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Sepracor's Brovana Cleared

The drug treats airways that have been constricted by chronic obstructive pulmonary disease.

Regulators have given their blessing to Brovana, a drug from



that treats airways that have been constricted because of chronic obstructive pulmonary disease.

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The drug is a long-acting solution meant to be used with a nebulizer, a device that converts liquid into a fine mist. The Food and Drug Administration approval was announced late Friday.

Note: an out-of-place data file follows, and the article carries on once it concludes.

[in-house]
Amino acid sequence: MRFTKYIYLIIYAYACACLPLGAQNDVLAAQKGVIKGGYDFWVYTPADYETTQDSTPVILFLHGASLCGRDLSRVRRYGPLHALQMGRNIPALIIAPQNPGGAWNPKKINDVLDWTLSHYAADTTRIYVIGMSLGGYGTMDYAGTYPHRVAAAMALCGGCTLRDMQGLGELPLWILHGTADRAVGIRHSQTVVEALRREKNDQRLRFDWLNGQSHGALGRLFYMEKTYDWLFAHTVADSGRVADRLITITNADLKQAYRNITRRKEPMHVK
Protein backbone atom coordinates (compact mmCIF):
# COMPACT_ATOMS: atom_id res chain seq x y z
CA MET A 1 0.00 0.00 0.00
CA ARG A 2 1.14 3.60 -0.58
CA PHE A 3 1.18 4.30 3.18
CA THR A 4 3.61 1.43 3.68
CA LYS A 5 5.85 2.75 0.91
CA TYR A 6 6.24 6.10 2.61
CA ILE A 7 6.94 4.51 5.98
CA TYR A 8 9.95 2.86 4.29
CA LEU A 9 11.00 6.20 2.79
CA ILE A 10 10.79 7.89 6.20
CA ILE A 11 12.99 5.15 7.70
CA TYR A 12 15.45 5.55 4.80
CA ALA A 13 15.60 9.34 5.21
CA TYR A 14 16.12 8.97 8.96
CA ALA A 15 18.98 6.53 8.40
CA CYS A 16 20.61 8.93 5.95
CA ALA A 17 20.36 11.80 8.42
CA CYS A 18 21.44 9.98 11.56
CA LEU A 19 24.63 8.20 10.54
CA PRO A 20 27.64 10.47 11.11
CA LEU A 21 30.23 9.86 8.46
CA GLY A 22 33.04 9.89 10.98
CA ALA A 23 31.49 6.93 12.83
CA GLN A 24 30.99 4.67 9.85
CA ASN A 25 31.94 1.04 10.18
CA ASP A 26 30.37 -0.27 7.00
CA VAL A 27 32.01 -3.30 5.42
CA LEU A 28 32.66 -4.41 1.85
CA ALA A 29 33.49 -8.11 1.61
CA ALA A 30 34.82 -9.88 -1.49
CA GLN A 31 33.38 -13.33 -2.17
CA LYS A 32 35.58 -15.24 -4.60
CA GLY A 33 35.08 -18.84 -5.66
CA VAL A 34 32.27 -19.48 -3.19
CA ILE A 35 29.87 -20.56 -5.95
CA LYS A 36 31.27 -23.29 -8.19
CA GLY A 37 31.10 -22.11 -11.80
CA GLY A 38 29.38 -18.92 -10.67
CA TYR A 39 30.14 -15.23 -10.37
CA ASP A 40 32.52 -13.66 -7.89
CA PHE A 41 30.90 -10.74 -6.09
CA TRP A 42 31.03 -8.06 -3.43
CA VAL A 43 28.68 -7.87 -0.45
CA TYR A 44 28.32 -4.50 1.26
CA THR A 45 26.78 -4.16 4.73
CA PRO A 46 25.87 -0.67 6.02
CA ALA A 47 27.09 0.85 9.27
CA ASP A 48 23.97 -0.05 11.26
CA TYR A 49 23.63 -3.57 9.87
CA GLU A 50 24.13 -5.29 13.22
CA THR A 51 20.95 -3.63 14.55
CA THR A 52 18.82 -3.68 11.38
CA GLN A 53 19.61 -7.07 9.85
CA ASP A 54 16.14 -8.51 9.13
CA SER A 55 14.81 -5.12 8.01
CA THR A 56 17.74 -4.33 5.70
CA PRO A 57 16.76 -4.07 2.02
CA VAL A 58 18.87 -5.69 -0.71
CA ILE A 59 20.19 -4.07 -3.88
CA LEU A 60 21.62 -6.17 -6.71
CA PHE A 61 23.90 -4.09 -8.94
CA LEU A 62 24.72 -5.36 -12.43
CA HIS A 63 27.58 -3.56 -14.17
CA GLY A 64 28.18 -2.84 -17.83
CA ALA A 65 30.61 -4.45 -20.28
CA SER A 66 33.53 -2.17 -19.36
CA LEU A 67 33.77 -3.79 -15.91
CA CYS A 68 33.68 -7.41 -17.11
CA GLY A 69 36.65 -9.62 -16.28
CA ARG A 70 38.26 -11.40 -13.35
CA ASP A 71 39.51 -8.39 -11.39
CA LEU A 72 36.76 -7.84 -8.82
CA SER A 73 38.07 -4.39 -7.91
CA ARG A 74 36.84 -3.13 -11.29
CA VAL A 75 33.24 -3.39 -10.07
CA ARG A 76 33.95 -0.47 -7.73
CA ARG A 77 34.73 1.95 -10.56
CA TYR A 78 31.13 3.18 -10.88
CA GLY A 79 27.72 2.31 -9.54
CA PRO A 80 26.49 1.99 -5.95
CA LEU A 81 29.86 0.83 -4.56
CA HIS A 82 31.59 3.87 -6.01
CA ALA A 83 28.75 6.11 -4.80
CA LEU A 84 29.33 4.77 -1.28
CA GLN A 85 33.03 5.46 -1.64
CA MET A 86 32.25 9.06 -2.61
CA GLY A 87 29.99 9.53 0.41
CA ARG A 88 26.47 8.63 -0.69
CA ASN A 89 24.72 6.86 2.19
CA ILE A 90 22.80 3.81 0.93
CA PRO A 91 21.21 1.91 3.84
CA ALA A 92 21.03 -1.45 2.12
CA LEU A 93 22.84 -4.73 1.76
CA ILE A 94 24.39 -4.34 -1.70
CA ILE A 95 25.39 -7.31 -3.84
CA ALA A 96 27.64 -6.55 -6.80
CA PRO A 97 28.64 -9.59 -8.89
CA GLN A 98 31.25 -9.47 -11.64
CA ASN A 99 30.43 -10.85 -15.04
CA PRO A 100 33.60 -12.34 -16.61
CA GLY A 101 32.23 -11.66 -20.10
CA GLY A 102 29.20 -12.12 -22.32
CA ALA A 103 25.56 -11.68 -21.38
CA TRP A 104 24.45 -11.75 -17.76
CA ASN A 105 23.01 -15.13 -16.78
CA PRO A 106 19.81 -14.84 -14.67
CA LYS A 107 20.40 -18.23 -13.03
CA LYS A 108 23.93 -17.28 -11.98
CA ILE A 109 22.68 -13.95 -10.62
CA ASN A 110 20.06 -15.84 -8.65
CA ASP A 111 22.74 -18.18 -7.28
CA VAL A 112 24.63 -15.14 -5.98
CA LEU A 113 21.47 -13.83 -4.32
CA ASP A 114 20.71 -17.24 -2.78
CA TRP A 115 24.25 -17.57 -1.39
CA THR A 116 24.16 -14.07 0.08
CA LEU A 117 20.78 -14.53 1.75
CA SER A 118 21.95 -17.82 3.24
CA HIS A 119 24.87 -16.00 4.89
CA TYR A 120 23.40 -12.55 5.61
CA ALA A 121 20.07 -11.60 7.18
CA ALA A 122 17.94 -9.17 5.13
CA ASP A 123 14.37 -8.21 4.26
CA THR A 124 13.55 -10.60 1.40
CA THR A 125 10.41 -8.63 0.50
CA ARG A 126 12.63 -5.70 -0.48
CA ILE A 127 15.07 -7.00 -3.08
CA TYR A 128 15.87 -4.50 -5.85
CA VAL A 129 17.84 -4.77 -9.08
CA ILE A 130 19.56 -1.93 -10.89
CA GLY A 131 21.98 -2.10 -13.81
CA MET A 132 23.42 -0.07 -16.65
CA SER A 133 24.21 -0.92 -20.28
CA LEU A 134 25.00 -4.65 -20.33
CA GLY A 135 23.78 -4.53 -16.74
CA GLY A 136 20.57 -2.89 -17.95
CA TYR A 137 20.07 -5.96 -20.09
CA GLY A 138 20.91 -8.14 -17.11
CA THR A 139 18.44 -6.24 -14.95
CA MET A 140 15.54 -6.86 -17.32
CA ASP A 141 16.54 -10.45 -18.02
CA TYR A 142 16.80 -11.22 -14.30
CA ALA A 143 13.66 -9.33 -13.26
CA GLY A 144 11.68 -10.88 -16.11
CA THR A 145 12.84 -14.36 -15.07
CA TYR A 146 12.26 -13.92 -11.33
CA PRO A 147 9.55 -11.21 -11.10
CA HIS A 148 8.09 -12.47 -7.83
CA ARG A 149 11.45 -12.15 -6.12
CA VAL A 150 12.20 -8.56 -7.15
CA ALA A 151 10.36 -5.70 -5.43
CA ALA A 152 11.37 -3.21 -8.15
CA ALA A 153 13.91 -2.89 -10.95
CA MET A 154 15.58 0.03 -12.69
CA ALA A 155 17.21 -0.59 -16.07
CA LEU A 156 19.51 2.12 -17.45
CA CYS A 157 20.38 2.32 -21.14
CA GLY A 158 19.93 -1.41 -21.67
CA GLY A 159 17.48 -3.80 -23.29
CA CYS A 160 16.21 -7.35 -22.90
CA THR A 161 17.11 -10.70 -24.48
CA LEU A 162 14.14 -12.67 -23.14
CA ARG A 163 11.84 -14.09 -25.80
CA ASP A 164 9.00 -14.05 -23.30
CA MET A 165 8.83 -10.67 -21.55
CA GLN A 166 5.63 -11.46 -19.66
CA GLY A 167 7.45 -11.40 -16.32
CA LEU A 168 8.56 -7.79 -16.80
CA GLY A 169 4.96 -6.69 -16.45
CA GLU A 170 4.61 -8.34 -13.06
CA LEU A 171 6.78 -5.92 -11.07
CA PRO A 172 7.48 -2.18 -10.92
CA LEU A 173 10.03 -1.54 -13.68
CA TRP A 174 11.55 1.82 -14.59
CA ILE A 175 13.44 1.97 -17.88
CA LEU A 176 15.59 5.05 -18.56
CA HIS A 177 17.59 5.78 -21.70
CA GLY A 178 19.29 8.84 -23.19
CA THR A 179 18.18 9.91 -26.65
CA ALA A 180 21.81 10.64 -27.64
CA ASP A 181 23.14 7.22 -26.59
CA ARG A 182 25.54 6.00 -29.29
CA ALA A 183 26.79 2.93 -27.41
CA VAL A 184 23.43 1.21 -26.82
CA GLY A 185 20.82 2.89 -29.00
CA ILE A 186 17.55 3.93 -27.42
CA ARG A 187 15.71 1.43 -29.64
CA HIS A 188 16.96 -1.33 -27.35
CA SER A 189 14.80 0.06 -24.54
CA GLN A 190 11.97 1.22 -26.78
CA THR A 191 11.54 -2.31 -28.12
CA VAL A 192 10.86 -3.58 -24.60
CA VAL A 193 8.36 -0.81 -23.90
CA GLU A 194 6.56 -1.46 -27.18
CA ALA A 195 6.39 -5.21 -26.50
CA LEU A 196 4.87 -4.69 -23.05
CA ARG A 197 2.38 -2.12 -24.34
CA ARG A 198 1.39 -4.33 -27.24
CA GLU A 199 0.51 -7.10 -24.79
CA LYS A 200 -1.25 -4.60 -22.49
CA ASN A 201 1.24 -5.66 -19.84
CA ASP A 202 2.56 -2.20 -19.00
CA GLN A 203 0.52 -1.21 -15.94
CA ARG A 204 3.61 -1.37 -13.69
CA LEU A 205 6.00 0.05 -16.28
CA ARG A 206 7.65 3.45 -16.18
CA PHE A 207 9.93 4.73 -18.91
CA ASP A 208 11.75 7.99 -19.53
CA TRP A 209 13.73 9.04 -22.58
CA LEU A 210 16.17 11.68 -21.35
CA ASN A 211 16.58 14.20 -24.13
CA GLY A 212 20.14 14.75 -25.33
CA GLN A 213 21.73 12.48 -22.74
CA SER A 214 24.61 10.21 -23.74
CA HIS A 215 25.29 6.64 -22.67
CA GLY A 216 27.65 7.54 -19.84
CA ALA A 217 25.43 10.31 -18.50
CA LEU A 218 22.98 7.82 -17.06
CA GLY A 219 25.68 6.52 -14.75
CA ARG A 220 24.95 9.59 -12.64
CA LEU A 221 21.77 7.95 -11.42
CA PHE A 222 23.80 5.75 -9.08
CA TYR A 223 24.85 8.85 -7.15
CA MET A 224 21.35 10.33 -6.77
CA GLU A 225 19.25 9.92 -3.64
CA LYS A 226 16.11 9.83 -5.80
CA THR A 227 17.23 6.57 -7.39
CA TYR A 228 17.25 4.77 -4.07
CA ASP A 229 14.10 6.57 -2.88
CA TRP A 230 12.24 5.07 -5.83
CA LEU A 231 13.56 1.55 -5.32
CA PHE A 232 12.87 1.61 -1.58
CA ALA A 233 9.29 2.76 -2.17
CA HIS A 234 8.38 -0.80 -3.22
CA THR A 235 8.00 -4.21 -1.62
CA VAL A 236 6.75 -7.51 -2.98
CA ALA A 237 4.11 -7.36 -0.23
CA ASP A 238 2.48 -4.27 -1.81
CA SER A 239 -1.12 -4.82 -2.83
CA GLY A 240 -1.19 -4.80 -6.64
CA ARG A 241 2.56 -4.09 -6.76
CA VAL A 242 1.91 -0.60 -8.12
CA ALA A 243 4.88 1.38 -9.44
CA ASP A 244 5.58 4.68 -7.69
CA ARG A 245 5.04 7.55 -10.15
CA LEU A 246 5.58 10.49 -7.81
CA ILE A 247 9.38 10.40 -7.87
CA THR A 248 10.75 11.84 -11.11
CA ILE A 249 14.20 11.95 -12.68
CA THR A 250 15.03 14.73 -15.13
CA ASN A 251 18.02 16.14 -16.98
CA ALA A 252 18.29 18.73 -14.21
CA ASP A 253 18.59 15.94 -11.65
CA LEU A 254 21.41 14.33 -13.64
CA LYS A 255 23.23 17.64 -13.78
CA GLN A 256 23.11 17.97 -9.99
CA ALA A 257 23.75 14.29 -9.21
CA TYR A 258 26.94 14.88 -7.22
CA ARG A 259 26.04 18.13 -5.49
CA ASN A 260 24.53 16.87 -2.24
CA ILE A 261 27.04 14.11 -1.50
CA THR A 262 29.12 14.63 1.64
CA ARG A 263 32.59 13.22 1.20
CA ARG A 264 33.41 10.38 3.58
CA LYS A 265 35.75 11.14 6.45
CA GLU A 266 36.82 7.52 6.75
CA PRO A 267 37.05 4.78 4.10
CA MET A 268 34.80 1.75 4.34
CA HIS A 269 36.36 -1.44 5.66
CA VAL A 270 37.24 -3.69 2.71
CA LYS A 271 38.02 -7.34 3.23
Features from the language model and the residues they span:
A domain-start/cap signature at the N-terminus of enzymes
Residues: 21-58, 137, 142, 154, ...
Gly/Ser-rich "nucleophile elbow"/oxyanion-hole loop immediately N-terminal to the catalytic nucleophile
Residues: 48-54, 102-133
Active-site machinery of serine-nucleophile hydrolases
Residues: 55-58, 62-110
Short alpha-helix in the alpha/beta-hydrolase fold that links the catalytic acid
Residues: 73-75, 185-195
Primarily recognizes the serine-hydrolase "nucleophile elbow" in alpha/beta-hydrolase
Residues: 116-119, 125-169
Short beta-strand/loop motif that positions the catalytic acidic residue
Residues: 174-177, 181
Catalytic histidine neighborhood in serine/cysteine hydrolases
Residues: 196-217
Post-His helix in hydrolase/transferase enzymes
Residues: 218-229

Following the regulatory clearance, shares of Sepracor were up 97 cents, or 2%, to $51.17 Monday.

"The approval of Brovana adds another important treatment option to Sepracor's respiratory franchise," said Sepracor President and Chief Operating Officer W. James O'Shea in a company press release.

O'Shea expects the drug to go on sale in the second quarter of 2007.

Chronic obstructive pulmonary disease, or COPD, is a lung disease that includes two main illnesses, chronic bronchitis and emphysema. Smoking is the primary cause.